Thursday 22 February 2018 / 12:00 PM

Young’s Disgraceful Diving Must Be Stopped

Let’s just forget for a second that Manchester United toiled to a forgettable and limp draw against the weakest team in their group. Let’s also forget that Robin van Persie missed a penalty and another gilt-edged chance, whilst Javier Hernandez failed to find the net when it was more difficult to do so than to the score. Let’s even forget that Marouane Fellaini was poor once more, and concluded his evening with a slow, long and sulking gait back to the dugout after being given his marching orders after a second yellow card.

Let’s instead focus on Ashley Young. More specifically, let’s focus on Ashley Young and his tendency to fall to the ground and gesticulate wildly to the referee after little or no contact.

As this is an issue that irks me greatly, I’m not going to mince my words. So if you’re ‘pro-dive’, it’s probably best for you to look away now. Ashley Young is currently the biggest cheat in the English game, and his club, his manager and his teammates should be thoroughly ashamed that they are associated with someone who has such a massive inclination to try to con the referee.

For those of you who watched the game last night, you’ll know exactly what I’m talking about. Young cut in from the left wing, danced his way into the penalty area and took a tumble after the slightest touch from a defender. Simply put, it is impossible that a grown man could be thrown to the ground by such a challenge, and any attempt to say otherwise is to be totally disingenuous. As Roy Keane said after the game, Young conned the referee, plain and simple.

If this was an isolated incident, I’d be relatively happy to attribute this act to a rush of blood to the head, or one moment of recklessness. But, if we’re honest with ourselves, with Young, it’s anything but an isolated incident. Ashley Young has been diving to win penalties for far too long now, and it really needs to stop.

Let’s forget for a second that diving is a highly dishonourable way to gain an advantage in a football match, and focus on why it is actually in Young’s best interests to stop diving. With every dive, Young’s notoriety increases, and more and more referees become aware of Young’s penchant for simulation. As referees get wiser to Young’s acting ability, they will start to act tougher with Young and he will find himself struggling to get decisions even when he has legitimate reason to go down. Googling the term ‘Ashley Young’ yields nine results on the first page; one of those is his Wikipedia page, the other eight are links to articles decrying Young’s diving. The world is cottoning on Ashley; you’re not that good an actor.

I guess what I find odd is that any footballer would want to win in that way; knowing full well that the victory has been the direct result of cheating. It’s like stealing a load of cash at the start of a Monopoly game, buying all the properties and then celebrating wildly at the end of the game. Winning courtesy of cheating is surely a hollow win, and surely these professional athletes would rather win the right way? Well of course, we know that this isn’t the case, we need only look at last year’s Lance Armstrong revelations to show that there are some athletes who are happy to break rules to win.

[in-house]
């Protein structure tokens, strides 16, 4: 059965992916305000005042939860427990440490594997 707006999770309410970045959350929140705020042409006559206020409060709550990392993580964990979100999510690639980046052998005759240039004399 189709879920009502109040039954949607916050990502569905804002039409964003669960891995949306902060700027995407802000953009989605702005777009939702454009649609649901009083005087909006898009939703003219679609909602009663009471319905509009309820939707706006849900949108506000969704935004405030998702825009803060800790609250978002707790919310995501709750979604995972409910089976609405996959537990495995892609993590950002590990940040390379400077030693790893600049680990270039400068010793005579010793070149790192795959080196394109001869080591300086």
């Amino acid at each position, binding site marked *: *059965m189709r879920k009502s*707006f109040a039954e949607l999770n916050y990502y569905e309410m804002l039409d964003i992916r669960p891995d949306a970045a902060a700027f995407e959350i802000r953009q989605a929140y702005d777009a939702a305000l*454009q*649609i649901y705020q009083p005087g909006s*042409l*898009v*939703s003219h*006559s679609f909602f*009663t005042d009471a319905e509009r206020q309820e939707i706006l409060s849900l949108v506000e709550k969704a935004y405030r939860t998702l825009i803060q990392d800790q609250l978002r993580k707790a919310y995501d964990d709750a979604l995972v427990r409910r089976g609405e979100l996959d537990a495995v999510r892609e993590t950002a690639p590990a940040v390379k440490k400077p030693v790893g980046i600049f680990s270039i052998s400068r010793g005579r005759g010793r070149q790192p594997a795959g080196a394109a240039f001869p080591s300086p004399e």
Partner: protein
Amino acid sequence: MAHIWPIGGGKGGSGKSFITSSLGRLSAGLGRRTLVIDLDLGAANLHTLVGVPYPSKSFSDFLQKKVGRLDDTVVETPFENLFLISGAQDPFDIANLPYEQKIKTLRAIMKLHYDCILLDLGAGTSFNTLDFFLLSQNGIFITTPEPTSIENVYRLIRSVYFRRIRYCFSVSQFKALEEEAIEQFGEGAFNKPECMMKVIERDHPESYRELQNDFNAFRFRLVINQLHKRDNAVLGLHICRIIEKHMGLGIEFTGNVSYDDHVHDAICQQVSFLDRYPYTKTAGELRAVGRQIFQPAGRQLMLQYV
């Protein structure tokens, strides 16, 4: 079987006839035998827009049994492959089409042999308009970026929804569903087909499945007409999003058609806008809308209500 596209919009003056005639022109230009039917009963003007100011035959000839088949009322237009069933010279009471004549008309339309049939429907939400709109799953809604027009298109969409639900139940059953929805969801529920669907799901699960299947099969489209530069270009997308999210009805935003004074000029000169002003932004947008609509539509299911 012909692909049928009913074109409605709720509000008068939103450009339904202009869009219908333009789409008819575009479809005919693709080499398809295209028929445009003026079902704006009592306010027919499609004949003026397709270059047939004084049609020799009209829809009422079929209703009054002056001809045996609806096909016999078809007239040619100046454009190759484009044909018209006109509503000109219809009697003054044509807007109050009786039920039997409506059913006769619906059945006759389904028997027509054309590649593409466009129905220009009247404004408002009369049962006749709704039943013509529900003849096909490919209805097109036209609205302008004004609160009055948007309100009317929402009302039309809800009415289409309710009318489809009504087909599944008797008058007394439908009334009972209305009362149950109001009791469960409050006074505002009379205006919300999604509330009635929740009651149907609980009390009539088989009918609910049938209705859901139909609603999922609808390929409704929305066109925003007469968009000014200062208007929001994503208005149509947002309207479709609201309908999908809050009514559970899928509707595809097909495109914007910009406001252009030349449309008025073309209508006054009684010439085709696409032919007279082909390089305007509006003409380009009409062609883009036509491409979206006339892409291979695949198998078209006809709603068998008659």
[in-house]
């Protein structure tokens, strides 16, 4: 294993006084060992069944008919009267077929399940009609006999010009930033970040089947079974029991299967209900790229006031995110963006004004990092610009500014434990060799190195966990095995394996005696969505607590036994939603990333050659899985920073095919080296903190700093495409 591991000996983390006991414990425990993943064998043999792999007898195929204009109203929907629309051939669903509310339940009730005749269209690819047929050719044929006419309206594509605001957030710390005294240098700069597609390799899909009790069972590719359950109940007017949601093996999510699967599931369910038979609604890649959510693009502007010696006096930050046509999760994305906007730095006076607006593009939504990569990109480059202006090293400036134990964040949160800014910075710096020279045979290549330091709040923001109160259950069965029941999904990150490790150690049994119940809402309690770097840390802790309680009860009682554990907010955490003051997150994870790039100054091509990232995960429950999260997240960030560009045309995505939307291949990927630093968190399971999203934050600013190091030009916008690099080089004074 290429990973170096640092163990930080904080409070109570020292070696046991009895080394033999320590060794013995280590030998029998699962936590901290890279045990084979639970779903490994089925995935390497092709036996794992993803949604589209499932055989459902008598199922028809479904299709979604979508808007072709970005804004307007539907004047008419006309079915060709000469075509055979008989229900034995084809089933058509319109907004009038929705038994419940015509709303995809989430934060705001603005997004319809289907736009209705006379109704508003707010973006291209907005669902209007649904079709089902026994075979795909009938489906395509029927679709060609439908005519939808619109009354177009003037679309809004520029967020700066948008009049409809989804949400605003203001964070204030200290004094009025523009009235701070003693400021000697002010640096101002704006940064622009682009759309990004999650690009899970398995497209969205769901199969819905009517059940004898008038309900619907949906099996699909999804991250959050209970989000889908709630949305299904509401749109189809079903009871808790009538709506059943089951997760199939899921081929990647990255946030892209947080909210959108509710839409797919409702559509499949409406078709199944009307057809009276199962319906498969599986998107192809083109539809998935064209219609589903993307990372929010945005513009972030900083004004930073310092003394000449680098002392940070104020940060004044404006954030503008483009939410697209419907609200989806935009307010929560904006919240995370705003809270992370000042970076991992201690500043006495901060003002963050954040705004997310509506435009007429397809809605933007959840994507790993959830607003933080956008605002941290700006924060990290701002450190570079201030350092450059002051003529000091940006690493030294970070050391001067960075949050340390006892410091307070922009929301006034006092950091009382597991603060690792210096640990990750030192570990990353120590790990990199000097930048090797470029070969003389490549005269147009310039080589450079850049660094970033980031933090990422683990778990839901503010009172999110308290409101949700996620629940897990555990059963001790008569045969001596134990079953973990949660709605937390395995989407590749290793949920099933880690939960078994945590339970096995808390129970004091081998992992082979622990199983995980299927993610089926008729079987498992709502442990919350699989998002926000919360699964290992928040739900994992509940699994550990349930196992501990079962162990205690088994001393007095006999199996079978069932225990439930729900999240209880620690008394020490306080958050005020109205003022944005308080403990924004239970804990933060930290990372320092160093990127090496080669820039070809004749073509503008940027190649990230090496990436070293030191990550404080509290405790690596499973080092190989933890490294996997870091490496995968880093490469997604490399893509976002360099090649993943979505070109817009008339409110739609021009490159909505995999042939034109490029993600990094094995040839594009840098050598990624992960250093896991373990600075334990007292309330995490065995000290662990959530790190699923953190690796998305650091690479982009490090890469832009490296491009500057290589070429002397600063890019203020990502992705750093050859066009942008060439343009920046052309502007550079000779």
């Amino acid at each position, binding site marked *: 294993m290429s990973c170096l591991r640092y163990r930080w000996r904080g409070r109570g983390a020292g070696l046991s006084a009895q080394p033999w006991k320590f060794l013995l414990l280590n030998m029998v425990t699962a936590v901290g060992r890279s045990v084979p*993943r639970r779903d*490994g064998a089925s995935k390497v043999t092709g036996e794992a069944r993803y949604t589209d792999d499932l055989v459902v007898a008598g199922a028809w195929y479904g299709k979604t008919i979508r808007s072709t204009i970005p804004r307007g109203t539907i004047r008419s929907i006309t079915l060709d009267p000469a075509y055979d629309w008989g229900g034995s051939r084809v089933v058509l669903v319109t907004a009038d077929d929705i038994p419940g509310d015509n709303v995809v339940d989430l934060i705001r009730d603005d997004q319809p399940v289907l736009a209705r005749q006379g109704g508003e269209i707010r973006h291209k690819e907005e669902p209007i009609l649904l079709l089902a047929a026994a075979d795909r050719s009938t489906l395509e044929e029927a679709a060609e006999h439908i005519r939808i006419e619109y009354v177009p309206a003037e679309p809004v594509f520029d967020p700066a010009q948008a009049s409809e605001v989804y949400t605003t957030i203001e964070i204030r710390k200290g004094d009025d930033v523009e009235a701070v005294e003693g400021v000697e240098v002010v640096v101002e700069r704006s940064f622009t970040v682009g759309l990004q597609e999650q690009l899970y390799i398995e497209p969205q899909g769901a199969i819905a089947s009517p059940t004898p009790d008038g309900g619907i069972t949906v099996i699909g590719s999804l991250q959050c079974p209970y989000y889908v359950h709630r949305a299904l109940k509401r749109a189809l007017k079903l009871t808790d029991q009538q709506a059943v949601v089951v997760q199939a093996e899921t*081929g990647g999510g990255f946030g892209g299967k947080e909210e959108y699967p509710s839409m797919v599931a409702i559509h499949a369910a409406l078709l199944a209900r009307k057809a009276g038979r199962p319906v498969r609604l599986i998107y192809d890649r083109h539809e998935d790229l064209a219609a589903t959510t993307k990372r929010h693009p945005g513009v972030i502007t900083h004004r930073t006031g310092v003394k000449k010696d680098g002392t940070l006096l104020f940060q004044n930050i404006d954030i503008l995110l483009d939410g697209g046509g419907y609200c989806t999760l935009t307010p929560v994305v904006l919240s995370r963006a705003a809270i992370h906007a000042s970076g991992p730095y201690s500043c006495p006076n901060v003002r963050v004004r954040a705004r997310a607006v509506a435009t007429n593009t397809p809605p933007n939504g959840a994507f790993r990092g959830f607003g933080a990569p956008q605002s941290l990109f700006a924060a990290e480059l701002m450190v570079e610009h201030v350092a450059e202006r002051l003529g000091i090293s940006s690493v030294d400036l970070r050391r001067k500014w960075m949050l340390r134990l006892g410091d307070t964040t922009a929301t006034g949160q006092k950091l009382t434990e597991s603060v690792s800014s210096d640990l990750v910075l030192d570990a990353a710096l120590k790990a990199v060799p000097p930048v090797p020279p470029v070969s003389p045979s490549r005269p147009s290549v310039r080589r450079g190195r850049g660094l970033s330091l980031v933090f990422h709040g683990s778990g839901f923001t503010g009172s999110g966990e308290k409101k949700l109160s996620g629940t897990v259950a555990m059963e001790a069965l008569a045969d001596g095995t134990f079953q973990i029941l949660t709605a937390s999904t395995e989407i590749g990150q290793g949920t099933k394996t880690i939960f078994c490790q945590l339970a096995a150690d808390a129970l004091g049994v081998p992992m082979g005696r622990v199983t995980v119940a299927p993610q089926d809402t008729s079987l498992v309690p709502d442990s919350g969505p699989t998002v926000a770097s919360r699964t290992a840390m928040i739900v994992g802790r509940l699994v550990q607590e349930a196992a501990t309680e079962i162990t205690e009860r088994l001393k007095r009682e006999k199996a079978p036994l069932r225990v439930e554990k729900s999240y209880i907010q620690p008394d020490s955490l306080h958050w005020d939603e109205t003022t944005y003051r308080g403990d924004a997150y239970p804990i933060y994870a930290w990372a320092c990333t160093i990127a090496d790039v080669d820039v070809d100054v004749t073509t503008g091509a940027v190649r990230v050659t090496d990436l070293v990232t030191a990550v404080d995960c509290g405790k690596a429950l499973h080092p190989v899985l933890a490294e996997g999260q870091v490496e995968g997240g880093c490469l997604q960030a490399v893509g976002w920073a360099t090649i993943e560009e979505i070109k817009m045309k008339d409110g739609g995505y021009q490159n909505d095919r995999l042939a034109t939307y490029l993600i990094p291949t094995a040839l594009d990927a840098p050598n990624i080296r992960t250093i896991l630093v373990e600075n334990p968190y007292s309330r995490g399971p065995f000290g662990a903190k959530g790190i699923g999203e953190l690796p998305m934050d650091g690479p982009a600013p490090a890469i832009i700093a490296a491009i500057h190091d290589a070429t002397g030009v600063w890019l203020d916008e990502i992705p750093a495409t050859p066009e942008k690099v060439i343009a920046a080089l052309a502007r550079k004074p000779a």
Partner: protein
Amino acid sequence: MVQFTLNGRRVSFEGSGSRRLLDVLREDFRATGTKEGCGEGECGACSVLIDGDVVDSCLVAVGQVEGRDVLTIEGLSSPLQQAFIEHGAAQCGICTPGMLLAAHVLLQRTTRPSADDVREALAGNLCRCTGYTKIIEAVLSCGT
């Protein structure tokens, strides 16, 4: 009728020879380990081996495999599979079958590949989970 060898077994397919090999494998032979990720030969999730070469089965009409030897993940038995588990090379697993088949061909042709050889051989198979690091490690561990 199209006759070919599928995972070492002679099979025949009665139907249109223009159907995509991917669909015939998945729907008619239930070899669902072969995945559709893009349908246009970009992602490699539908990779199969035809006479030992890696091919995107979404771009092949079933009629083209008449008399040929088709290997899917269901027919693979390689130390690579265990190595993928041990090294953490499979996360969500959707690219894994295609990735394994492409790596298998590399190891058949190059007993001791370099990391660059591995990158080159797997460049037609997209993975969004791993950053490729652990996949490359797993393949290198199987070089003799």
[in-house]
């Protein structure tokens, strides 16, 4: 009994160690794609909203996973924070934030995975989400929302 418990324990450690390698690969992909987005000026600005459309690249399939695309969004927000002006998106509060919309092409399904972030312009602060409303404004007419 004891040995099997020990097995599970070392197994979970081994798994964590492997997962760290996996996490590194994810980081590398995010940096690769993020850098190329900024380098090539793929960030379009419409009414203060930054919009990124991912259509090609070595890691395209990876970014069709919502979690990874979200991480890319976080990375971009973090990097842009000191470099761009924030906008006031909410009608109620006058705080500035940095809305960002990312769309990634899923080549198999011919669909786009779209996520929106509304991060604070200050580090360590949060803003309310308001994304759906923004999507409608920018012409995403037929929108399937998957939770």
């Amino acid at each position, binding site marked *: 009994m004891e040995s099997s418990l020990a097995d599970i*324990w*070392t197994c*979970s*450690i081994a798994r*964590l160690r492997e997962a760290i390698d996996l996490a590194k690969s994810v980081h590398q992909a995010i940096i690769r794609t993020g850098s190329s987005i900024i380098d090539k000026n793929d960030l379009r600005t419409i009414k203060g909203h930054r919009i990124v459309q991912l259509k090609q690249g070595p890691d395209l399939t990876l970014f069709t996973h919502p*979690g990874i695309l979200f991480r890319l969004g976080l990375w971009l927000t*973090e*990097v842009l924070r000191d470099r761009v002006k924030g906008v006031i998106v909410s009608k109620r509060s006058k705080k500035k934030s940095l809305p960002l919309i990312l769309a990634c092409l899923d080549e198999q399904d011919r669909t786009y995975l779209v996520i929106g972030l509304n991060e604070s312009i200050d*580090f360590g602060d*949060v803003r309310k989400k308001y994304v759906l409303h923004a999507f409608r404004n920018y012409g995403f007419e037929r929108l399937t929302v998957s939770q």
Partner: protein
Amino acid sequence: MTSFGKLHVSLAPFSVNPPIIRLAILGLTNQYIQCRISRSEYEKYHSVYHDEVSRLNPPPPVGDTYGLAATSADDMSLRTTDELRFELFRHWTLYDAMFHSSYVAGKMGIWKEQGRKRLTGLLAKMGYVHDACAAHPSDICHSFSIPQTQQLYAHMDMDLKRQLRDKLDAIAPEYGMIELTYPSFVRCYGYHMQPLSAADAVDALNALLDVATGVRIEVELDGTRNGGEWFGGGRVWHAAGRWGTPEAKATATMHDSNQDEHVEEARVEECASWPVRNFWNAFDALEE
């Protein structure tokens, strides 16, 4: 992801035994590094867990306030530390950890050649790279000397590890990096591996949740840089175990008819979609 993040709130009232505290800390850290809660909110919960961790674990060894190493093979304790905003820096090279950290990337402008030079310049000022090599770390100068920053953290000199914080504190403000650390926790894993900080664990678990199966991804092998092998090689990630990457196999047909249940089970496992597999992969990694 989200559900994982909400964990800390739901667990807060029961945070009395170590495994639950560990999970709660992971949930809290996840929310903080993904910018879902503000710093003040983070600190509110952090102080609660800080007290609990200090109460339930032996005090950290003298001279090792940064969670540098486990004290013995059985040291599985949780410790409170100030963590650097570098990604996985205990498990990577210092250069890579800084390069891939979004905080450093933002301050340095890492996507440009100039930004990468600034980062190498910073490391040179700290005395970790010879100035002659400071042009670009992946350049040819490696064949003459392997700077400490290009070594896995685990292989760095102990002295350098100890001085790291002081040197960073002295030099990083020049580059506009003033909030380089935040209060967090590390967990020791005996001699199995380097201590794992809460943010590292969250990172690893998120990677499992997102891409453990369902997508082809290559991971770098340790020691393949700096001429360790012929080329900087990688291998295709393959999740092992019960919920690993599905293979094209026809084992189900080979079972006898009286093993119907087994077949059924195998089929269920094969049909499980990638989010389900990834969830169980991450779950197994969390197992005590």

My point is that if you win by cheating, you haven’t really won at all. You might clutch a trophy to your chest, but ultimately you and everyone else knows that you’ve only got it because of your lack of conscience. Now that really doesn’t seem like much of a victory to me.

I’ve done enough Moyes bashing to last me for quite a while, so I’ll attempt to limit my tirade as far as the Man Utd manager is concerned, but what was Moyes thinking when he defended his player? I was so highly impressed with the way that the Scot dealt with Young’s dive against Crystal Palace – condemning Young and saying that he didn’t want to see his players dive – and yet for some inexplicable reason, Moyes decided to stick up for Young last night when if anything, last night’s simulation was far more obvious than the Palace incident.

So how do we solve the diving problem in the game? In my opinion, there’s only one thing for it: retrospective action. The wronged party should have the right to refer any perceived act of simulation to an independent body who would examine the evidence and decide whether or not the referee made the right decision. If a player is found to have conned the referee, he should be banned for a period of time. This sort of action would make players far more accountable for their actions on the pitch, and would stop them ruining football matches with gross acts of cheating. At least van Persie missed.

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About the author

Seb Greenwood

CBS’s longest-serving contributor, Englishman Seb is our leading football correspondent, pulling no punches with his opinions on the Premier League and the international scene.

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